It was, sadly, the Columbine High killings in suburban Denver in 1999 that may have provided the most dramatic evidence in the case against big schools. In the aftermath, many blamed the violence on Columbine’s immense size–2,000 students–and the powerful cliques that evolve in such an environment. Critics included Al Gore, who blasted the practice of “herding all students into overcrowded, factory-style high schools.”
And yet the case for small schools doesn’t rest just on emotional rhetoric and bloody TV footage. Recent studies have shown that simply reducing the size of a school can “create small, supportive learning environments that give students a sense of connection,” as Richard Riley, U.S. secretary of education, puts it. And it’s not just a feel-good environment for students. Stacy Mitchell of the Institute for Local Self-Reliance, writing in The Progressive Populist (Oct. 1, 2000), reports that students in urban, rural, and suburban small schools (300 to 400 students for elementary schools, 400 to 600 for middle schools, and 400 to 800 for high schools) outdo their big-school peers in grades and test scores, have far fewer discipline problems and lower dropout rates, and log more years in postsecondary education.
Buoyed by these and other findings, the U.S. Department of Education in October awarded grants to 354 schools in 39 states to help create smaller, more personalized “learning communities,” including “schools within schools” in large high schools. Meanwhile, state education officials around the country are finally beginning to see the value of the small schools that survived the consolidation trend of recent decades.
All of this elates Deborah Meier, whose pioneer small schools in Harlem helped inspire a boom in New York City–which now boasts more than 100 small schools–and nationwide. “It’s not even their particular approach to curriculum and pedagogy that makes them work,” writes Meier in The Nation (June 5, 2000). “It’s that the schools are organized to maximize the power of the adults who know the kids best, the strength of their ties with kids and families, and their ability to put together a coherent schoolwide pedagogy and curriculum.” And, she adds, “all of this can happen inside the public sector, without charters, vouchers, or privatization.”
Still, Meier doubts that the “bigger is better” ethos that sprang up during the 1950s will soon disappear. From 1940 to 1990, 200,000 schools were consolidated into some 62,000, despite a 70 percent rise in the nation’s population. Average enrollment skyrocketed, and now it’s not uncommon for a single school to house 5,000 students. As Philip Langdon notes in the conservative journal The American Enterprise (Jan. 2000), many educators, parents, and students still believe big schools are better able to offer modern equipment and advanced curriculums.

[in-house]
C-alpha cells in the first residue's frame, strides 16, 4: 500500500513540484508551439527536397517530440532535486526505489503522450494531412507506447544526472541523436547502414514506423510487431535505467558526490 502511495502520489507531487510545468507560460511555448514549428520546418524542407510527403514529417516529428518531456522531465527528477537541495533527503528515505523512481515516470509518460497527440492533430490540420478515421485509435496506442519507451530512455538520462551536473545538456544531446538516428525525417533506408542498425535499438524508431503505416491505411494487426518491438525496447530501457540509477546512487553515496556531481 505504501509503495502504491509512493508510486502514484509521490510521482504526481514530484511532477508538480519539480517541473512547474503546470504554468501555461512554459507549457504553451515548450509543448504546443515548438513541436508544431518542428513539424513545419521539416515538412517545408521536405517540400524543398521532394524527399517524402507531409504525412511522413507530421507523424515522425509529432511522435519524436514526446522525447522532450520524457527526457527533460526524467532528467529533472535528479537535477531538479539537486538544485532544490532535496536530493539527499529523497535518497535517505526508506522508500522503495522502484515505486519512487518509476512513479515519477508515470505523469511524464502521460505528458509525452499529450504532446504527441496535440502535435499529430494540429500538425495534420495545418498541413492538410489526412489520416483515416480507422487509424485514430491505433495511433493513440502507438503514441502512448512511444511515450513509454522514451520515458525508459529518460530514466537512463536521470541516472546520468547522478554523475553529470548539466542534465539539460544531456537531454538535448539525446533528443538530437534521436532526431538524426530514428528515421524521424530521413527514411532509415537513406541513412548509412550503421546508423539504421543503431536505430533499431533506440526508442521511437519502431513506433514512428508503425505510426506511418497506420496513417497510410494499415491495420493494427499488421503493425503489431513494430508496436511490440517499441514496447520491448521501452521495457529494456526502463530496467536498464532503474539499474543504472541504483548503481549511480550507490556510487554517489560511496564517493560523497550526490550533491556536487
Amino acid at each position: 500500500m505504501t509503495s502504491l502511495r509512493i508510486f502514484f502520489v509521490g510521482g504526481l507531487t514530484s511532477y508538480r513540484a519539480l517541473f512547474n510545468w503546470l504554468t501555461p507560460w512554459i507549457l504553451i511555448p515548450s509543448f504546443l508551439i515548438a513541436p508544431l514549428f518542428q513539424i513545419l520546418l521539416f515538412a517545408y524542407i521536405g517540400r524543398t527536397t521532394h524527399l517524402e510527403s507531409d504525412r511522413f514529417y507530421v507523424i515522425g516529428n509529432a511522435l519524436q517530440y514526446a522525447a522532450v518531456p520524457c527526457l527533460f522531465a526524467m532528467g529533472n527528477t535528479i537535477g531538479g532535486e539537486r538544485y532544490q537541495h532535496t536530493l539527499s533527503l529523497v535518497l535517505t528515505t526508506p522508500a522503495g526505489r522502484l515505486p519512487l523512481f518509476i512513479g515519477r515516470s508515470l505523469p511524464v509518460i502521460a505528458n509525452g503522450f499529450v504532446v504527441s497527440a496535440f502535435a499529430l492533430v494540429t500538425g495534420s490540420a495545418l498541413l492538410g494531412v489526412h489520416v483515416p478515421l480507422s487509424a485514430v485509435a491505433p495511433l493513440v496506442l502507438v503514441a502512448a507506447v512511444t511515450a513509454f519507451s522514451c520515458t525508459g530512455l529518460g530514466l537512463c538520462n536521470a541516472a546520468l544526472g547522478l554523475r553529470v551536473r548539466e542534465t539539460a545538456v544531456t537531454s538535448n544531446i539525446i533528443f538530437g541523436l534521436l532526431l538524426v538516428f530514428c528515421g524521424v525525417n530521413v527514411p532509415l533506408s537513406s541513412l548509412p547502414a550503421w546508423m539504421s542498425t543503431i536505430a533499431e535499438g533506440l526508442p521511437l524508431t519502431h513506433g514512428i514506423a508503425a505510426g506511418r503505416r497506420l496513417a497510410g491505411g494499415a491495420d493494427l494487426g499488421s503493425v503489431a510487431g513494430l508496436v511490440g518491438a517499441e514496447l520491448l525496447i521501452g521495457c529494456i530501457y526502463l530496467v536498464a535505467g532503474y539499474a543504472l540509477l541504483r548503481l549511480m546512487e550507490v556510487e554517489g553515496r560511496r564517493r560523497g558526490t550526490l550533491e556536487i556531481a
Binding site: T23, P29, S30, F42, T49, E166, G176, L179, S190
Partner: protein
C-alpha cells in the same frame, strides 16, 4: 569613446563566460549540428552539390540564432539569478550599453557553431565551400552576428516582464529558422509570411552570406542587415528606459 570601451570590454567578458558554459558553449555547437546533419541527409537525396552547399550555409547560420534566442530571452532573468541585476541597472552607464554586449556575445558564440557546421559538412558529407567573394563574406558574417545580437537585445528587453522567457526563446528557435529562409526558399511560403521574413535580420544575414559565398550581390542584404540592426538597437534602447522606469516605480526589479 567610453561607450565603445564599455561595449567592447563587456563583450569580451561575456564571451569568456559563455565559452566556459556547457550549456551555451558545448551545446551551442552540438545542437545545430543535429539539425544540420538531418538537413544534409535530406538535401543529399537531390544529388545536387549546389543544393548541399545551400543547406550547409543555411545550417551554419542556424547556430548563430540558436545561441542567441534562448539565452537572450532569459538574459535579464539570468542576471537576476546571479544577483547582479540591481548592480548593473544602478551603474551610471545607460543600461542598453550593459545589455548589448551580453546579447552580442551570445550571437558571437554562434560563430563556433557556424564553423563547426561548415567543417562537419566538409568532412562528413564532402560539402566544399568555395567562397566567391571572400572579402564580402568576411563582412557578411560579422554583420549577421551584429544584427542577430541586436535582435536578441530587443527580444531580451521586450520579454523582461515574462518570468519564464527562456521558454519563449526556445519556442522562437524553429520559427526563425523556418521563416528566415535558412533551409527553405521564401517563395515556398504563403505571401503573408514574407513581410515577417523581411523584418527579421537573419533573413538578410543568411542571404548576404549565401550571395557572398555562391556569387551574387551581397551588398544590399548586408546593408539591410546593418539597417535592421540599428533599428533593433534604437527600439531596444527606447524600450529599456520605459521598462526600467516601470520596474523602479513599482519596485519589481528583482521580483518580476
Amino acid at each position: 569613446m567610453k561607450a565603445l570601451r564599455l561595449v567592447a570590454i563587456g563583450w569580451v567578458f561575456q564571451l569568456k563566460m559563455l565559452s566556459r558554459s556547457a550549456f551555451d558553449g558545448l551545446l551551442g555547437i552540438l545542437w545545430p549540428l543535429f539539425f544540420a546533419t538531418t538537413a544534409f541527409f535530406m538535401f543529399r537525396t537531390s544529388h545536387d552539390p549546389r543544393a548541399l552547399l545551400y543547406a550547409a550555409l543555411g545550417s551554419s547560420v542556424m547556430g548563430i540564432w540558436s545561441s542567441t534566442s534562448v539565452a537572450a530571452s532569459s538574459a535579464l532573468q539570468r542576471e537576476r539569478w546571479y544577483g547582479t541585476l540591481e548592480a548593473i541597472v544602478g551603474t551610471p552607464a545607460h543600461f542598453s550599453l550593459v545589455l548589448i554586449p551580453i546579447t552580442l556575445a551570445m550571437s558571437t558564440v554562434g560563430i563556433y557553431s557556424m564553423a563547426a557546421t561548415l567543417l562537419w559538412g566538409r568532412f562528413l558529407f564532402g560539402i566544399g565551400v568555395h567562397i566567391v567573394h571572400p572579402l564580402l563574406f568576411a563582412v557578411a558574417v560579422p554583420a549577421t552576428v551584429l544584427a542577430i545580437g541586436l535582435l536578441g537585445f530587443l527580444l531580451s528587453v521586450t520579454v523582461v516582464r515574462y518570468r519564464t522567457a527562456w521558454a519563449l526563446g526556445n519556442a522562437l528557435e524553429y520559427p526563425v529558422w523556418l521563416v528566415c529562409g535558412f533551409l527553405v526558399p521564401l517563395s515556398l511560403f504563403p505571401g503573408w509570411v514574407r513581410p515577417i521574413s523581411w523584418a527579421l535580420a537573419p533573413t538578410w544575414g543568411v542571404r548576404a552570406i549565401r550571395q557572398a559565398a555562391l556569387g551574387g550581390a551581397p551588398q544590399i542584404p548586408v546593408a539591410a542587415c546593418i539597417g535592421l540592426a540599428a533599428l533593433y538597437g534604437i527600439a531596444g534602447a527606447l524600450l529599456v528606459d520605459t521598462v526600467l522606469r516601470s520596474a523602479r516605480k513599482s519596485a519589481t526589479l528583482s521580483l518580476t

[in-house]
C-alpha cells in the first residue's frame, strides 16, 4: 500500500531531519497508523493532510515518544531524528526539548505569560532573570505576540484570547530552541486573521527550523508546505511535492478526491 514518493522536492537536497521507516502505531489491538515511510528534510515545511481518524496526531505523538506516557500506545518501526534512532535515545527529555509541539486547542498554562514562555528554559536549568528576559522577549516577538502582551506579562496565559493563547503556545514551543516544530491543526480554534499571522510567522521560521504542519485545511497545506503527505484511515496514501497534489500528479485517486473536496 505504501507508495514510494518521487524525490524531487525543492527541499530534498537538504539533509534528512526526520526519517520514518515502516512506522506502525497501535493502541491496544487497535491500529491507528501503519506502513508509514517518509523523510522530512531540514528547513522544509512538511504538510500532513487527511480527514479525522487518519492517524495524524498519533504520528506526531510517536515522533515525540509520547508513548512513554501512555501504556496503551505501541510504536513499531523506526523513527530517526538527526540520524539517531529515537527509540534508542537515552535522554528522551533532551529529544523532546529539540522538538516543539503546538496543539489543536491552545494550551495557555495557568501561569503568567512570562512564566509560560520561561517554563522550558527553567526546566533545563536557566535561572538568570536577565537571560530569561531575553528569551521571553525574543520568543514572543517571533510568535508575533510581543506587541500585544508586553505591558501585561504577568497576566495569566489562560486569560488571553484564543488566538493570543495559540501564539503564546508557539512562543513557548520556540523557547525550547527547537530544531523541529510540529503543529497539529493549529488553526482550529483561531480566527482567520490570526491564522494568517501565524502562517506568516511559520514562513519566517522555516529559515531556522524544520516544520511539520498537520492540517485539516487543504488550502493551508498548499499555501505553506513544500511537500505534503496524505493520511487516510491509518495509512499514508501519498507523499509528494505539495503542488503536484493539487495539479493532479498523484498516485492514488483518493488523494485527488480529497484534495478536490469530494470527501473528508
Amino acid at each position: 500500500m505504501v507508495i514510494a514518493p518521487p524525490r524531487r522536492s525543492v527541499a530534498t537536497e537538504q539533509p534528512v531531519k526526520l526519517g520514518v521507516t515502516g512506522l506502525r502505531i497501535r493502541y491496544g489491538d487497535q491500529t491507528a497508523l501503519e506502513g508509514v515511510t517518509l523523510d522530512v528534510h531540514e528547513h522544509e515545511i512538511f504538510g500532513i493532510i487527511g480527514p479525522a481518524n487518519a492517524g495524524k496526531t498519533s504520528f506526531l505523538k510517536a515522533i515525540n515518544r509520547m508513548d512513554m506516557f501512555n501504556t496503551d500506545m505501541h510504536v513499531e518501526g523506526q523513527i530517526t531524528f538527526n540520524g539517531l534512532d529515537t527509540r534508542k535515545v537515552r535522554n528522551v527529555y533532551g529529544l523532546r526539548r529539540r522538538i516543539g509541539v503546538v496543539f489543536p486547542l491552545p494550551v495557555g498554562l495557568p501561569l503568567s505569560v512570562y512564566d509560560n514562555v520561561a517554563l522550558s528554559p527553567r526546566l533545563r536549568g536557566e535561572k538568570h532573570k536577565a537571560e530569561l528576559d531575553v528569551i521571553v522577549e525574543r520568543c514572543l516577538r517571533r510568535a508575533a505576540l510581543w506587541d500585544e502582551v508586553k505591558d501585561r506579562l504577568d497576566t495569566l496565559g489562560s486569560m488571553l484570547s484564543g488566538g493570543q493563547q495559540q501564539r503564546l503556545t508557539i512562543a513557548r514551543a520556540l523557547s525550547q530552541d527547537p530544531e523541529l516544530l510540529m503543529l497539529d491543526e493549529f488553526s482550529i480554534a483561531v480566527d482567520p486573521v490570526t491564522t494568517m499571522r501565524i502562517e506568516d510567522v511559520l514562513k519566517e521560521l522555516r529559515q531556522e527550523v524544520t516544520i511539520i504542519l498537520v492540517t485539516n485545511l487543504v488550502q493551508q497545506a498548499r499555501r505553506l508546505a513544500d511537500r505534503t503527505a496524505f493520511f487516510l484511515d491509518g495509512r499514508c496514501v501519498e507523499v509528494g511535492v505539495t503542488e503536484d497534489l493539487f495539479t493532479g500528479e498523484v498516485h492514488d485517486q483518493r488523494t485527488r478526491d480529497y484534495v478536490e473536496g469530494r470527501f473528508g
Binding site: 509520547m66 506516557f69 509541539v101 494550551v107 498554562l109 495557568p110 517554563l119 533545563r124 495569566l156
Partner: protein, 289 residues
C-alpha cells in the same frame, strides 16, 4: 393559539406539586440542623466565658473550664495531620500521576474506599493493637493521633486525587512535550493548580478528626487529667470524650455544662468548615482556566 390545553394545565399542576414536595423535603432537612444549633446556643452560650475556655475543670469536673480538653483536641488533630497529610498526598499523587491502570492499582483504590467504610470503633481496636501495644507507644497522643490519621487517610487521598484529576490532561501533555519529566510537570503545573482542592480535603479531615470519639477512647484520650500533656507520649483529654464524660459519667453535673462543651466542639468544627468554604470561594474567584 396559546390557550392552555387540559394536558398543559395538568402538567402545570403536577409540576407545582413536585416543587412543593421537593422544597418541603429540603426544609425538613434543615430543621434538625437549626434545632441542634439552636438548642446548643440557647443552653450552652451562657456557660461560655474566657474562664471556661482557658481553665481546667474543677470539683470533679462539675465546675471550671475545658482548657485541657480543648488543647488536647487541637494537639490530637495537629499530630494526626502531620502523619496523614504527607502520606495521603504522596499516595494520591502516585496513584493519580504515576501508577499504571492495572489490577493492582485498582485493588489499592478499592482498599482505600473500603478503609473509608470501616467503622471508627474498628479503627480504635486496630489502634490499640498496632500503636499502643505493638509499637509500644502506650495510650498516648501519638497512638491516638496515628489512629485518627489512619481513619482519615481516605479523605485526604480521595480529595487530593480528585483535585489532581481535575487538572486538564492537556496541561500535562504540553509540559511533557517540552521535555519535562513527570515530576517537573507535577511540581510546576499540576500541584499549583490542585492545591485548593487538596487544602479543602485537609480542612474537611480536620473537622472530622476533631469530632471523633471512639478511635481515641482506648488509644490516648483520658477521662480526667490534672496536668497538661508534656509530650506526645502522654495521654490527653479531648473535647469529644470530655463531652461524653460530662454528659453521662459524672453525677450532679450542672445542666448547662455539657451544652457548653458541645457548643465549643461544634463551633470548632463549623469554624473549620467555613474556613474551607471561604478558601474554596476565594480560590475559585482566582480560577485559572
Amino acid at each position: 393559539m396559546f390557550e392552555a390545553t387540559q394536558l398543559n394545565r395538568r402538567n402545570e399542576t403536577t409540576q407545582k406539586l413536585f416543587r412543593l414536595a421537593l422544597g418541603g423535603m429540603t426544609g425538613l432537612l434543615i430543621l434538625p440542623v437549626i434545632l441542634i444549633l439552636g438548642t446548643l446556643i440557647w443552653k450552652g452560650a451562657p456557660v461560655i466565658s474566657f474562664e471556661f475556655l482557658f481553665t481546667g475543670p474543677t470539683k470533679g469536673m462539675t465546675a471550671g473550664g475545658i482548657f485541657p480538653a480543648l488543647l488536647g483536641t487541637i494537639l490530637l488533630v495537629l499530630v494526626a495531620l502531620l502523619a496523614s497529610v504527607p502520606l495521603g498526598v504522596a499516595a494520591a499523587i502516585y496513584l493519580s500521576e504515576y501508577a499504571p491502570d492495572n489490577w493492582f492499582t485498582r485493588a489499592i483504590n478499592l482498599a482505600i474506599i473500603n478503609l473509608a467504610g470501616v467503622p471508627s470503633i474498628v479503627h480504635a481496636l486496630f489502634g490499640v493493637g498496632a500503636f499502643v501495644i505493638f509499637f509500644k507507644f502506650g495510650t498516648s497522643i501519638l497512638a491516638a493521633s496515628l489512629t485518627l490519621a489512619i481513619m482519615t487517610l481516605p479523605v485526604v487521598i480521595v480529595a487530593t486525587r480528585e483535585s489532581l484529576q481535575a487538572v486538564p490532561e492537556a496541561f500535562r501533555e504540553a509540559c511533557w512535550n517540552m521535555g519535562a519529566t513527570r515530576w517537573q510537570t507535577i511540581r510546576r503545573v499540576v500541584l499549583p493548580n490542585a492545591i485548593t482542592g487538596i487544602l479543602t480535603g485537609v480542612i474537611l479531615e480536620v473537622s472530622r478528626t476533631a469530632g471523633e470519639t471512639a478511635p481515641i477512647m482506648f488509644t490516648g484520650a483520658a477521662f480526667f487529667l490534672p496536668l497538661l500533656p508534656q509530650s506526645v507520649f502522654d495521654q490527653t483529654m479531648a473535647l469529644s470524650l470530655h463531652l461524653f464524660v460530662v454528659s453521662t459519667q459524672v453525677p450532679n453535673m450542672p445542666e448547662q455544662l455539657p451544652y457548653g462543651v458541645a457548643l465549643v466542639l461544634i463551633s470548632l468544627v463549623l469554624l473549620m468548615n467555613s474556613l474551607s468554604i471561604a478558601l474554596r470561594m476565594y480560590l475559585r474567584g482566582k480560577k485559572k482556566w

Yet small-school proponents can poke holes in just about every bigger-is-better argument. Small schools may not offer as many classes, they argue, but their teachers generally have more flexibility to incorporate sophisticated material as well as the freedom to use innovative teaching methods such as multi-age classrooms, Mitchell notes in The Progressive Populist. And while big schools can offer deluxe sports facilities and busy extracurricular rosters, smaller schools have a higher participation rate, meaning that more students will get the leadership training and improved academic standing often associated with such activities. Parent participation, too, is higher in small schools.
The trump card played by big-school advocates is money: Small schools cost more because they don’t benefit from centralized efficiency, they say. And though it’s true that smaller schools have higher per-pupil costs, their much higher graduation rates and lower dropout rates can bring the total cost per student to less than that of big schools.
But, as Meier tells Langdon in The American Enterprise, such evidence seldom outweighs more pedestrian concerns. “When we talk with school officials and local politicians about restructuring large high schools, the first thing they worry about is what will happen to the basketball or baseball teams, the after-school program, and other sideshows,” she says. “That the heart of the school, its capacity to educate, is missing seems almost beside the point.”
For more information on the small-school movement, visit www.smallschools.com
Discuss the power of small schools in the Education conference in Cafe Utne: cafe.utne.com